Wednesday, December 19, 2007

Archbishop Burke on Golden Compass review; Fr. Euteneuer again calls for firing of reviewer

I'm still catching up on some things. Also, some things were a little later coming than I expected. I had looked for a press release from Human Life International with Fr. Tom Euteneuer's plea to the USCCB to fire Harry Forbes over the review of The Golden Compass, which has since been pulled. A press release is available and it is ablaze. From the HLI website. Emphasis in bold, mine:

Fr. Euteneuer asks Bishops to Fire Scandalous Movie Reviewer

FRONT ROYAL, VA — The Rev. Thomas J. Euteneuer, STL, president of Human Life International, (HLI) today called on the United States Conference of Catholic Bishops (USCCB) to fire Harry Forbes, director of the Office for Film and Broadcasting of the Conference, for his positive reviews of immoral or anti-Catholic films on the Conference’s Catholic News Service (CNS).

Father Euteneuer said, “I refuse to believe that Harry Forbes, who gave such glowing remarks to the homosexual promo film Brokeback Mountain and the atheist indoctrination flick The Golden Compass, speaks in the name of our bishops. An employee who shames our bishops with reviews of this sort should be fired. He now has a track record and is not worthy to be a public spokesperson for any Catholic let alone the national conference of bishops. I urgently ask the bishops to correct this anomaly at the headquarters and restore the dignity of the conference, which has been sullied by this man.

There seems to be a decades-old pattern of embarrassment on the part of some USCCB subordinates and other lay officials when it comes to the teachings of the Catholic Church. All too often these scandals involve matters of homosexuality. In 1987 we had the document ‘The Many Faces of AIDS’ which was problematic on the use of condoms, then in 1997 the scandalous document ‘Always our Children’ so distorted Catholic teaching that it had to be rewritten after its release.”

Father Euteneuer continued, “Then in December, 2005, Forbes’s review of Brokeback Mountain with its original ‘L’ rating for ‘Limited’ had to be corrected and reclassified as ‘O’ for ‘Morally Objectionable.’ The bishops have been embarrassed by their staff like clockwork for almost 20 years. Now, in December 2007, the bishops have had to withdraw Forbes’s review of The Golden Compass from CNS after publication. After major scandals involving homosexual clergy, do we really need their movie reviewer now tiptoeing around hostile atheism?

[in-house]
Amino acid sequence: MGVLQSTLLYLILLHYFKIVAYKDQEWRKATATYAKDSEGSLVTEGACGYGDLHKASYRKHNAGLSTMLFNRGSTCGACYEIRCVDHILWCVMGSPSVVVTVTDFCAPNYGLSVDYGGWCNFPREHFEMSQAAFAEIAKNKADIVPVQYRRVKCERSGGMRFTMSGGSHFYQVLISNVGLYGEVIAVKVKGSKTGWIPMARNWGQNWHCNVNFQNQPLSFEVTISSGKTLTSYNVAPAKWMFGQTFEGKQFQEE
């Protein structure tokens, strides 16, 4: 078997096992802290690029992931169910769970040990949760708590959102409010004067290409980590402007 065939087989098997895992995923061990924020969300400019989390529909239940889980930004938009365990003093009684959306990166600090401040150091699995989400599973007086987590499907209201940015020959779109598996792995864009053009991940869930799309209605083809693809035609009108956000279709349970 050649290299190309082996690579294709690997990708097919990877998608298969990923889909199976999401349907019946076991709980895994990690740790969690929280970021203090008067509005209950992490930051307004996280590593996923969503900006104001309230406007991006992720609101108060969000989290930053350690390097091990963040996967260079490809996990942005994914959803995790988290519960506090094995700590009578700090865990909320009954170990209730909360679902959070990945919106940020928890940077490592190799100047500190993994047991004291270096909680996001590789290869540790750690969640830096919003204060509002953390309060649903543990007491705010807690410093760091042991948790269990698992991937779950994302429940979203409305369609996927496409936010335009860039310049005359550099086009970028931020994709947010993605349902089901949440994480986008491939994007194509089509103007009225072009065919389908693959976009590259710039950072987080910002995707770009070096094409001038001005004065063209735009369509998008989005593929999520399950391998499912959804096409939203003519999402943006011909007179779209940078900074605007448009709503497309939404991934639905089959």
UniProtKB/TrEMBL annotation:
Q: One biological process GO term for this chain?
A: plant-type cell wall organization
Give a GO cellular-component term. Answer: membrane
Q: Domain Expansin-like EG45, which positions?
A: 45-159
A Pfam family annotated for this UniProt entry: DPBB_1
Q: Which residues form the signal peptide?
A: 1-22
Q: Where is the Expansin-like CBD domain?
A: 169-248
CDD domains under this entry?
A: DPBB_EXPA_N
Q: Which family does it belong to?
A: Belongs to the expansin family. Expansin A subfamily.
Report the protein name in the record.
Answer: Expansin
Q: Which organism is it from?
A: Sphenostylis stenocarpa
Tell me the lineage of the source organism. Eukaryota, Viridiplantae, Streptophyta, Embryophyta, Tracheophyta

“Let Harry Forbes be the sign that the bishops can break the cycle of subtle and overt dissent among their subordinates. They should show him the door and require all other employees to take an Oath of Fidelity. That will separate the wheat from the chaff,” concluded Fr. Euteneuer.


Archbishop Raymond L. Burke speaks out

In the St. Louis Review, Archbishop Burke talks about The Golden Compass in his December 14, 2007 weekly column under a section entitled, "Pastoral direction in a relativist society". In that section Archbishop writes (emphases mine in bold; my comments in red and in brackets):

Respect and obedience toward our pastors in the Church is a particular challenge in today’s society, which views everything in relation to what each individual thinks and wants. Pastors who have the solemn responsibility to teach and uphold the truths of the faith, that is, the objective reality of our relationship with God, with one another and with our world, become very unpopular and are openly rejected when they fulfill their responsibilities toward the flock in their care.

The secular media, which reflect very much the relativism rampant in our society, view the pastoral authority of the Church as extremism. When the Holy Father, the bishops and parish priests enunciate the Church’s teaching on the inviolable dignity of innocent human life, for example, they are labeled "the religious right." Easily enough, secular thinking enters the Church, remaking pastoral authority according to its own image while, at the same time, ridiculing and even resisting any firm teaching or discipline given by the Church’s pastors. [Not your way, Lord - my way. Or, another way, "non serviam"]

Recently, the pastors in our nation have cautioned the faithful, especially parents, regarding the film "The Golden Compass." Through George Henry, superintendent of Catholic education in the Archdiocese of St. Louis, parents and teachers were warned that the author of the books ("His Dark Materials," by Philip Pullman) from which the movie is drawn is an avowed atheist who has a particular hatred of the Catholic Church.